NBER Working Papers
4518, National Bureau of Economic Research, Inc.
- Currie, Janet & Madrian, Brigitte C., 1999.
"Health, health insurance and the labor market,"
Handbook of Labor Economics,
in: O. Ashenfelter & D. Card (ed.), Handbook of Labor Economics, edition 1, volume 3, chapter 50, pages 3309-3416
- Moshe Buchinsky, 1998. "Recent Advances in Quantile Regression Models: A Practical Guideline for Empirical Research," Journal of Human Resources, University of Wisconsin Press, vol. 33(1), pages 88-126.
Blog mentionsAs found by EconAcademics.org, the blog aggregator for Economics research:
- Optimism in the labour market
by chris dillow in Stumbling and Mumbling on 2010-09-07 15:36:00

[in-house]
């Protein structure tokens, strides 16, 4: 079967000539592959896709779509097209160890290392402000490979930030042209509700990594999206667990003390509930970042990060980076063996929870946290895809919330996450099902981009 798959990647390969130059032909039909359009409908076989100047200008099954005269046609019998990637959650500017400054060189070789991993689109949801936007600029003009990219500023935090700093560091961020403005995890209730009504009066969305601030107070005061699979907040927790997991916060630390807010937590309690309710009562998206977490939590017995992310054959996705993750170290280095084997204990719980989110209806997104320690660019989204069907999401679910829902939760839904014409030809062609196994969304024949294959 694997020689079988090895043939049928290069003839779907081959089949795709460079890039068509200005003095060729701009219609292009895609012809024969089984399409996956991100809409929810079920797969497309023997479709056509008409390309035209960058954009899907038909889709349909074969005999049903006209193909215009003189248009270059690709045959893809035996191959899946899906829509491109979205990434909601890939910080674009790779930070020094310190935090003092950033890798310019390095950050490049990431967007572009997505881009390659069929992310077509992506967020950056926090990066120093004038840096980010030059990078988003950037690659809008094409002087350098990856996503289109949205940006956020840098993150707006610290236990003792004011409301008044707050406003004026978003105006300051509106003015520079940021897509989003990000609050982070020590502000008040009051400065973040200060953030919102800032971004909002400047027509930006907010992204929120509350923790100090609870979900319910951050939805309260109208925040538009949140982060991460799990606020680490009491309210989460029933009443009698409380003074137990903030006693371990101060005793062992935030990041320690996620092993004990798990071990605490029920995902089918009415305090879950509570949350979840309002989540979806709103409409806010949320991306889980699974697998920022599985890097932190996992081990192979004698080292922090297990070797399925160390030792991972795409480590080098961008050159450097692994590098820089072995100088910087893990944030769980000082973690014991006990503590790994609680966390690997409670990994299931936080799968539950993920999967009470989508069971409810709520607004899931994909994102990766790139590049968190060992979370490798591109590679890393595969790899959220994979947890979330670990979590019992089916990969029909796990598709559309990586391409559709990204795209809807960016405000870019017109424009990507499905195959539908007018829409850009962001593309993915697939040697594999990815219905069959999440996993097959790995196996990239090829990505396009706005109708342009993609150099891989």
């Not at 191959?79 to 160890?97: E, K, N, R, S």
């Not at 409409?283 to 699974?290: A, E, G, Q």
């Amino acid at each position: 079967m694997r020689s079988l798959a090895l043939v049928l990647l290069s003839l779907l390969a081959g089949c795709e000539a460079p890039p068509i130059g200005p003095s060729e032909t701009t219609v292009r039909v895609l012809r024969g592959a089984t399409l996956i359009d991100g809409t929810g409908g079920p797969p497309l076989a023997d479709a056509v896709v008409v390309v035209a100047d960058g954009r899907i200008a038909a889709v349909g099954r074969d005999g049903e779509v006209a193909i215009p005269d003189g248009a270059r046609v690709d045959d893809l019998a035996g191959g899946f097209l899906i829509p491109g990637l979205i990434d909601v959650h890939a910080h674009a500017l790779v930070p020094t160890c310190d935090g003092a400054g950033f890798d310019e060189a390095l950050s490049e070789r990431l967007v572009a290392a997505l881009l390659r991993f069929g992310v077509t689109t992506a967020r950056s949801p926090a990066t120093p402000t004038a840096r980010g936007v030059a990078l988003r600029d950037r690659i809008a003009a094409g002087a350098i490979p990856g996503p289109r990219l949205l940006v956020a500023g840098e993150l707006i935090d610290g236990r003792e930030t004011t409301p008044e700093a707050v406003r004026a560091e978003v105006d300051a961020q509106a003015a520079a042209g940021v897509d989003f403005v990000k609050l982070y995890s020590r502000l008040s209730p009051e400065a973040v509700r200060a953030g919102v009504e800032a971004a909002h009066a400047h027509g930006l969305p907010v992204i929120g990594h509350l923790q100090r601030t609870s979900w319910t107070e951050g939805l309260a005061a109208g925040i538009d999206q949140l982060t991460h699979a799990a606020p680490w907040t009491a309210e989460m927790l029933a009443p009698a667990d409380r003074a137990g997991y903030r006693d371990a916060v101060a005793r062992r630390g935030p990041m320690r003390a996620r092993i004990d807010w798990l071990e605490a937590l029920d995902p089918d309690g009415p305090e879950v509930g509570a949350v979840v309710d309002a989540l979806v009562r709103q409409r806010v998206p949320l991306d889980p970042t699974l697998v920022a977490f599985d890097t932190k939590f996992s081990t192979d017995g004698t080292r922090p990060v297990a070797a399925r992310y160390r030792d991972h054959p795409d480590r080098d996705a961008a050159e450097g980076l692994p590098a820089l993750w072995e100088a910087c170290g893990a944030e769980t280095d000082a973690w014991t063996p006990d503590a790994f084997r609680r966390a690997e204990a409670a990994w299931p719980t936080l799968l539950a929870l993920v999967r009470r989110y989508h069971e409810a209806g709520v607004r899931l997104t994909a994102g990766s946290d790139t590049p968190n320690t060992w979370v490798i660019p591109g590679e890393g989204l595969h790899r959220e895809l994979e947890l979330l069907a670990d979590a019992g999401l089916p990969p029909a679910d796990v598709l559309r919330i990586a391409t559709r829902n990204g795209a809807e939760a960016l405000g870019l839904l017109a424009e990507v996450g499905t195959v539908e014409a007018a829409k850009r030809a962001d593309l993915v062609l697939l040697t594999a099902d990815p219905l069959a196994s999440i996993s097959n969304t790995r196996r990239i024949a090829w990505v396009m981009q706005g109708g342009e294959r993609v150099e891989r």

- Economics of discrimination
by ? in Urbanomics on 2010-06-05 01:51:00
- Goodman, Joshua Samuel, 2012.
"The Wages of Sinistrality: Handedness, Brain Structure and Human Capital Accumulation,"
7779971, Harvard Kennedy School of Government.
- Goodman, Joshua, 2012. "The Wages of Sinistrality: Handedness, Brain Structure and Human Capital Accumulation," Working Paper Series rwp12-002, Harvard University, John F. Kennedy School of Government.
- Frijters, Paul & Johnston, David W. & Shah, Manisha & Shields, Michael A., 2008.
"Early Child Development and Maternal Labor Force Participation: Using Handedness as an Instrument,"
IZA Discussion Papers
3537, Institute for the Study of Labor (IZA).
- Paul Frijters & David W. Johnston & Manisha Shah & Michael A. Shields, 2008. "Early Child Development and Maternal Labor Force Participation: Using Handedness as an Instrument," NCER Working Paper Series 27, National Centre for Econometric Research.